Faetured Image from: upcyclingclothing.com
Ever since the industrial revolution made mass production a reality, the planet has been inundated with near-countless tons of waste. What most people don’t realize is, a lot of the stuff we think is worthless can actually be repurposed into something better.
In the past few decades, governments have tried to encourage people from reducing their trash via recycling. In fact, a community in Japan has been zero-waste for more than 30 years. Kamikatsu in Tokushima Prefecture has taken active steps in ensuring that all citizens reuse or repurpose all types of waste. And they’ve been successful: 30 years on and Kamikatsu has drastically reduced its carbon footprint.
But some people have taken it a step further. While recycling seeks to repurpose old and used things, upcycling seeks to take it further. Upcycling was introduced by architect and author William McDonough and chemist Michael Braungart in their book Cradle to Cradle: Remaking the Way We Make Things. Upcycling, also known as creative reuse, seeks to repurpose old items into a more productive version of their original form. This usually means that the upcycled item will be more environmentally-friendly, with more purposes and more value than its constituent parts. Not only does it reduce waste, upcycling also seeks to undo a lot of the environmental damage humans have done to the planet.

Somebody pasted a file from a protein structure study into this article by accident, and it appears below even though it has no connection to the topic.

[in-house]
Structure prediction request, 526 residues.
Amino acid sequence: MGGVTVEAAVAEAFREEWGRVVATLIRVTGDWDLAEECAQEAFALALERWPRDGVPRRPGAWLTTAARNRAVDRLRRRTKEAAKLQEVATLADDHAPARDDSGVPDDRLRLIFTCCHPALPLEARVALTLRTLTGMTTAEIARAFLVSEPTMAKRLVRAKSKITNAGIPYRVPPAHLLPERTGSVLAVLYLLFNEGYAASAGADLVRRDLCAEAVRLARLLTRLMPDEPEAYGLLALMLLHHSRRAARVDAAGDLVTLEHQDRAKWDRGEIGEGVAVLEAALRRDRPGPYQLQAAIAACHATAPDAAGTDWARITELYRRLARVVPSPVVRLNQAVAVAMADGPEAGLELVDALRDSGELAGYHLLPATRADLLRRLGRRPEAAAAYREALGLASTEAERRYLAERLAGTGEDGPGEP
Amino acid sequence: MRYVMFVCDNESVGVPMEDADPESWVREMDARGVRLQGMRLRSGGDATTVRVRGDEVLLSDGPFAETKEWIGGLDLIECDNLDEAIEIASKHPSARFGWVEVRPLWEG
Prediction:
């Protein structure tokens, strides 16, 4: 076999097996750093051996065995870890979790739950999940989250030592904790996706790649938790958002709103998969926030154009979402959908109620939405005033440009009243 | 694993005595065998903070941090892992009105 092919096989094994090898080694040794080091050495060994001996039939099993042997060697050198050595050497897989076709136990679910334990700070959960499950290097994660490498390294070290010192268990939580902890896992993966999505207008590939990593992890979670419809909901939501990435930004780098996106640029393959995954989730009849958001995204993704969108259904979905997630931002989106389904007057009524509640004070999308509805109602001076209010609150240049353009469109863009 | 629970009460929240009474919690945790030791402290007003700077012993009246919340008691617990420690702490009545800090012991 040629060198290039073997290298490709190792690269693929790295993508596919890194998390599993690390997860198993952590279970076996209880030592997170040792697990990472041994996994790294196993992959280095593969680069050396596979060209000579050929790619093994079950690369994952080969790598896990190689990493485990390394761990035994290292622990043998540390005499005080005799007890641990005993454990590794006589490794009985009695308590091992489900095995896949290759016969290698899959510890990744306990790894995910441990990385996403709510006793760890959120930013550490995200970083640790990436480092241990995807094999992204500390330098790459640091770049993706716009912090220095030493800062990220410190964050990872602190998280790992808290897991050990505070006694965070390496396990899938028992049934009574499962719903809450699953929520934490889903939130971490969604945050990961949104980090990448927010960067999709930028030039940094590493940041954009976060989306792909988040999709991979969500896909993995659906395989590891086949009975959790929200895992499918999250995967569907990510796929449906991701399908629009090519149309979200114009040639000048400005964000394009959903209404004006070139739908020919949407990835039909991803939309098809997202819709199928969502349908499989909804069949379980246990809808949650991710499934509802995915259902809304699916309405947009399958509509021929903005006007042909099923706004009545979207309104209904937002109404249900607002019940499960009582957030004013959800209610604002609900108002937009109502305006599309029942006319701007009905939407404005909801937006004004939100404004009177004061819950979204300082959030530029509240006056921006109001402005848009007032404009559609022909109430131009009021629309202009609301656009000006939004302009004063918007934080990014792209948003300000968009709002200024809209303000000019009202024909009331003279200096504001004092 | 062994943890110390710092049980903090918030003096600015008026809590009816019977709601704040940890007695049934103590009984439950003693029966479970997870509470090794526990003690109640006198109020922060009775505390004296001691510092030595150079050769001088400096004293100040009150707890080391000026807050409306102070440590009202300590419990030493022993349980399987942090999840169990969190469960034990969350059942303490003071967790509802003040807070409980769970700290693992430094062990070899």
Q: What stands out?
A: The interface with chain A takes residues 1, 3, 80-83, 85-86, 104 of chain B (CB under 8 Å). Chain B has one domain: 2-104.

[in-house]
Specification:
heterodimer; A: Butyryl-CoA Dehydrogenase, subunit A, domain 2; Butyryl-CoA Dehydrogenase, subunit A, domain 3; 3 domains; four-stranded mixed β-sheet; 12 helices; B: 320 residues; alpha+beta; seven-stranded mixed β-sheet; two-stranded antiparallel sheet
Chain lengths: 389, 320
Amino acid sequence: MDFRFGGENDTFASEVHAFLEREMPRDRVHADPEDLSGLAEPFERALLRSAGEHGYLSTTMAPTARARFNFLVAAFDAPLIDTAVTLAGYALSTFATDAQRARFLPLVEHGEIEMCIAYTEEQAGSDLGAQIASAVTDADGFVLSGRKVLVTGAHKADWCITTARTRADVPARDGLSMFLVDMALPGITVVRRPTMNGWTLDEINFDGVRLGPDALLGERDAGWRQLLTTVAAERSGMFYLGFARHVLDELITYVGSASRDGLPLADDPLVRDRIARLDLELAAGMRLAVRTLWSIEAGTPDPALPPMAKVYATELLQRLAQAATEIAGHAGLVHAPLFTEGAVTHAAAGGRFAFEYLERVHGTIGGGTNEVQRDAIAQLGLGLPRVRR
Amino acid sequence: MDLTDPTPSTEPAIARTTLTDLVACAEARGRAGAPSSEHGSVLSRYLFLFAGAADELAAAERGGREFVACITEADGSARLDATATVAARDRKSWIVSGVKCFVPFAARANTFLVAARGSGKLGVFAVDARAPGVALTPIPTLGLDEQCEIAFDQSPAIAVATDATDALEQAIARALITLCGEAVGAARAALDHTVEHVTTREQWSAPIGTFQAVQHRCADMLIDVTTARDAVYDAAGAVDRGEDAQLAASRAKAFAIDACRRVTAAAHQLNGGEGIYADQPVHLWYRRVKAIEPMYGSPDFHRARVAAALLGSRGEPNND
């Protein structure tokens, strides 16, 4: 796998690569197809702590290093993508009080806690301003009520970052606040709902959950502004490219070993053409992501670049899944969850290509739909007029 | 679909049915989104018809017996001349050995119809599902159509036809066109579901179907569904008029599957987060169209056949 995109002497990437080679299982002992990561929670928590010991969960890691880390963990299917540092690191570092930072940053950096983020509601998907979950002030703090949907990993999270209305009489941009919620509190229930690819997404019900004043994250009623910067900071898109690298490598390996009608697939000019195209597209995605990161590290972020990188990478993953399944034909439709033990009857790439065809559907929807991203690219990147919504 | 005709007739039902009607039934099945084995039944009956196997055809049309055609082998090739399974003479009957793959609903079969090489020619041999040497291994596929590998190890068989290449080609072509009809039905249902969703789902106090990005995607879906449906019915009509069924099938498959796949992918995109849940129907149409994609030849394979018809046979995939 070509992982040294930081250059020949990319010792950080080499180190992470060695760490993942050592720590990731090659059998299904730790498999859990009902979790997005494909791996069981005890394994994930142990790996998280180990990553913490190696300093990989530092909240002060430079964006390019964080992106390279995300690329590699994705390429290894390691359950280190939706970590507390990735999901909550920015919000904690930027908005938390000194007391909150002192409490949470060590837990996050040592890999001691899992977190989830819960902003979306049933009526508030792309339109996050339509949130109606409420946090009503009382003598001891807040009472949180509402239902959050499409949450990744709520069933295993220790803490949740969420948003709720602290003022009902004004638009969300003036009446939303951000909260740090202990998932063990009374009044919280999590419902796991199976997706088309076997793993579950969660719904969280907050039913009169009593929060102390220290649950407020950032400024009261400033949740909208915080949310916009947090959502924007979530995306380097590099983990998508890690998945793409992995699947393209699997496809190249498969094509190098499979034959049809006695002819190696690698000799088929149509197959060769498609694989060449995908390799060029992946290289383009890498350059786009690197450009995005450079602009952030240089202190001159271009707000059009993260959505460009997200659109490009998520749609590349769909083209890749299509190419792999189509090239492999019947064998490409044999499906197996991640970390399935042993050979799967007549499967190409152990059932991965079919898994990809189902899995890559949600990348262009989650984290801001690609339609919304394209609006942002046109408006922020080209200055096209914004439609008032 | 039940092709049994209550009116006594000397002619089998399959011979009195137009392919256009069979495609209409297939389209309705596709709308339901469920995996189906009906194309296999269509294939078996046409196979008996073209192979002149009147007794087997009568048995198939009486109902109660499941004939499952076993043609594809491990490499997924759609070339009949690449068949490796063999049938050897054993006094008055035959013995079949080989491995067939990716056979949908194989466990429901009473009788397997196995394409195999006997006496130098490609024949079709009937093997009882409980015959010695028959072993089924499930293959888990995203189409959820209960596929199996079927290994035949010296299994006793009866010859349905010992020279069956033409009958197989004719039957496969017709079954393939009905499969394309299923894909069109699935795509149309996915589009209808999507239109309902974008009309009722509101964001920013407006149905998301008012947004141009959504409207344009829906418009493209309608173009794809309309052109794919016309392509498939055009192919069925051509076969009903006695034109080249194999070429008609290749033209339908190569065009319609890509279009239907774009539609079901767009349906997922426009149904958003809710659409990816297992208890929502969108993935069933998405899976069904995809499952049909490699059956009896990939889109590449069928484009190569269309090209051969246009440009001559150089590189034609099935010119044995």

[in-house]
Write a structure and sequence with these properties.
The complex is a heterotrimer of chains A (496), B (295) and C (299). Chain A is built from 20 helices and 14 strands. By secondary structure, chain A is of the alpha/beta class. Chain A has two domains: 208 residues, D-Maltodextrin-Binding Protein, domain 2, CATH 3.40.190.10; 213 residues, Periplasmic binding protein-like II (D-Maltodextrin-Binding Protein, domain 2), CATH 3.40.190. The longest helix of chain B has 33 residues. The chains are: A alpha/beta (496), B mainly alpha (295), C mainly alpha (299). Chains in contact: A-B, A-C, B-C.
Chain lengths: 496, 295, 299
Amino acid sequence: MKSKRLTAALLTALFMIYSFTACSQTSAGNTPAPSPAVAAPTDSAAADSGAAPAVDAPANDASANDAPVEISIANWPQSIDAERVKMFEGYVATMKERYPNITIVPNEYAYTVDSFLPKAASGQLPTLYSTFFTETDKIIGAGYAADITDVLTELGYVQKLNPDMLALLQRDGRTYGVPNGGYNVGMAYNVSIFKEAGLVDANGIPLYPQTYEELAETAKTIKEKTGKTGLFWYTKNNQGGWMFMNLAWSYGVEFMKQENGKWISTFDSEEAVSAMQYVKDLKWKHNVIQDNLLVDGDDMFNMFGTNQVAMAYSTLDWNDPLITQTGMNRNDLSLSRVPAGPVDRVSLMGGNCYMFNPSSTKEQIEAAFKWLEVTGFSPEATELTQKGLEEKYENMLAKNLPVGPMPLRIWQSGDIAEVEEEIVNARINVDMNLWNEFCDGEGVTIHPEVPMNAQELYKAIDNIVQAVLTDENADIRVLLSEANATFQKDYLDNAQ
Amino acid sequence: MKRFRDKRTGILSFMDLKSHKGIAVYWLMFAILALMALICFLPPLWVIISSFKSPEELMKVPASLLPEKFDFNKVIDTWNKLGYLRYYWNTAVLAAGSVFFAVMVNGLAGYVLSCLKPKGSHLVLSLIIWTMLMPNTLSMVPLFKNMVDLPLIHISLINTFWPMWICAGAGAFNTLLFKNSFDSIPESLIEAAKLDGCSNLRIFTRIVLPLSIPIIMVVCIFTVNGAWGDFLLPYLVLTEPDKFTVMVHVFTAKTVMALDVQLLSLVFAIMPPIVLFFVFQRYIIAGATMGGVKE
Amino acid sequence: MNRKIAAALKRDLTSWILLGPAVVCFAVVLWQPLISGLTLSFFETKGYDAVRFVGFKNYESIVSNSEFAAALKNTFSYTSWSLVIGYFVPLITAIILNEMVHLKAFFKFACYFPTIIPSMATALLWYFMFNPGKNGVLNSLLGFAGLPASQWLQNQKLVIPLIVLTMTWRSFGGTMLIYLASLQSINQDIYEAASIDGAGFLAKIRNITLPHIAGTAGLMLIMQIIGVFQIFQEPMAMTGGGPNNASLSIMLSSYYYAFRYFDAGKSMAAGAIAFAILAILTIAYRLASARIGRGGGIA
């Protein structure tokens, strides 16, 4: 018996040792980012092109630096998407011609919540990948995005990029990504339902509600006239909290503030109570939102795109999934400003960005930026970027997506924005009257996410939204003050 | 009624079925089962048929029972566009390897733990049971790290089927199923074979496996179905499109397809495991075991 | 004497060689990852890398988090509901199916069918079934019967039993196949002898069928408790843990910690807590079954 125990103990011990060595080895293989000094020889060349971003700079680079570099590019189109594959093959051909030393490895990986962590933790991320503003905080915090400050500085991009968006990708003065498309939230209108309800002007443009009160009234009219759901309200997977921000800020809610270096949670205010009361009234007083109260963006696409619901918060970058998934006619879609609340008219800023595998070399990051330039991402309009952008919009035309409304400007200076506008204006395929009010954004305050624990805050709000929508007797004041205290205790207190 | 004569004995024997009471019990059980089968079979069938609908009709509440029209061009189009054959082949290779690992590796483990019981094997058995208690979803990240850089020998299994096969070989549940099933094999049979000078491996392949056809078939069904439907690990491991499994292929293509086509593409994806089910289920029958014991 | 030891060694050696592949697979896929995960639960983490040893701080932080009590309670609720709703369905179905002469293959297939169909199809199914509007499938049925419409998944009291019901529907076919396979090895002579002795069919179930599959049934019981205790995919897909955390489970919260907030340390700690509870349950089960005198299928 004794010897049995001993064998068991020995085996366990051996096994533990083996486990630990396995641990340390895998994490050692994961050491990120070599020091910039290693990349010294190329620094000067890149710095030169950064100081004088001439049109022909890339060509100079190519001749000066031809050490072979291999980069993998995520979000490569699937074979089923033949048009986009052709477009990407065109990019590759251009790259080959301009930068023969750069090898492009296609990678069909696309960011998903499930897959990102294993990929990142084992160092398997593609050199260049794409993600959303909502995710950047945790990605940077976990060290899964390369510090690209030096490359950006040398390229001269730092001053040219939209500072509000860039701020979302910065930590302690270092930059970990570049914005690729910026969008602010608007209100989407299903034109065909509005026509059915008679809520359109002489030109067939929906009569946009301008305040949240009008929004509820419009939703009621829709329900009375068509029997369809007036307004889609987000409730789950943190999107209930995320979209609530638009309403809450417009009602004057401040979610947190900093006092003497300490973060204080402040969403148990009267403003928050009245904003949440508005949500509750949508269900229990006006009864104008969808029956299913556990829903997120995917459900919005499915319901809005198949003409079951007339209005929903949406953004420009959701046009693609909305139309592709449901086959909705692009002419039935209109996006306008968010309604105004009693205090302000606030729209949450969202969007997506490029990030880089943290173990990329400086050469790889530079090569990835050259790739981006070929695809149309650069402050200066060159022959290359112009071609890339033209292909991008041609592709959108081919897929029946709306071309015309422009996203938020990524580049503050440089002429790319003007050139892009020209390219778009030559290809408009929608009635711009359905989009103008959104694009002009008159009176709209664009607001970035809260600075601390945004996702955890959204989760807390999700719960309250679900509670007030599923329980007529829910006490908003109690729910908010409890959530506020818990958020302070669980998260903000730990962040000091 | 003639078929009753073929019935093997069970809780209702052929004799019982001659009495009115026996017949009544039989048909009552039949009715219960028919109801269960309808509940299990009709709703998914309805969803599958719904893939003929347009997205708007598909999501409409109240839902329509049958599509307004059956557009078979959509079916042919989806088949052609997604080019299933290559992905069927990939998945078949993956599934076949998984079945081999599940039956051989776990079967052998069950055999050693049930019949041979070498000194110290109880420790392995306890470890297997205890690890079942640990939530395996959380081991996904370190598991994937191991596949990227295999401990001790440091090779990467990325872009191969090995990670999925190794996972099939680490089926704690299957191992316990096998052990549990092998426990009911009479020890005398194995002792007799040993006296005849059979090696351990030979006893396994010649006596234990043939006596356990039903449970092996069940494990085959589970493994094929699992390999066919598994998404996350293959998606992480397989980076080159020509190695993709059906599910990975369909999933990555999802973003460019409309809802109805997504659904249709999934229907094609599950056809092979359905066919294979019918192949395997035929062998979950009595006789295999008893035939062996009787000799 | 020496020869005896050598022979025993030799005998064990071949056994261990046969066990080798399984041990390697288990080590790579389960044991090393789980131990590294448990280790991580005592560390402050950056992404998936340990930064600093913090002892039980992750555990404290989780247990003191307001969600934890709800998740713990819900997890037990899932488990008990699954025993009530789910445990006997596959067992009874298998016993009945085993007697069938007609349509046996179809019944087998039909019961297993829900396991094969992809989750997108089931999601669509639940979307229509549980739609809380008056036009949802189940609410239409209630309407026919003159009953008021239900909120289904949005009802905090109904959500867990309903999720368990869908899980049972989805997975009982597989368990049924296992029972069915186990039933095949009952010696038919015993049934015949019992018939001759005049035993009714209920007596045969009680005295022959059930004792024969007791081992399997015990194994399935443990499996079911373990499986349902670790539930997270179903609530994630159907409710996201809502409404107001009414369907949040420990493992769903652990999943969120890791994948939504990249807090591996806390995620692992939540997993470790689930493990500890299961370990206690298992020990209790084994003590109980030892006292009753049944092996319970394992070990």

One of the best things about upcycling is that it can be used to repurpose old clothes and garments one of the most abundant items in the world. Upcycling gives new life to clothes and makes them even more useful. While it’s always a good thing to donate clothes to the needy, it would be counter-productive if one were to donate ratty, torn-up, stained, or otherwise unwearable clothes. By upcycling, you give yourself and other people the dignity of wearing useful clothes that are still fashionable.
Some people balk at the idea of upcycling clothes, thinking that it’s complicated and burdensome. But actually, there are plenty of simple and efficient ways to upcycle clothes into better things.
We’ve compiled a list of ways to help you take your clothes and turn it into something that is more useful, more environmentally-friendly, and easy to make:
It might sound strange to use cloth as a material for wrapping presents, but actually, people in Asia have been doing it for centuries. Instead of using costly and wasteful wrapping paper that you only use once, cloth wrappers are eco-friendlier and prettier. Old silk shirts or other soft materials are perfect for wrapping presents and can be reused indefinitely. Not only is it better for the environment, it’s also unique and a surefire way to start a conversation about upcycling.
Bust out your needle and start quilting! Materials such as denim from old jeans, wool from sweaters, and cotton from shirts can be upcycled into beautiful hand-made quilts. This has a double effect of repurposing old bulky clothes into something useful, and creating something that is unique and highly personalized.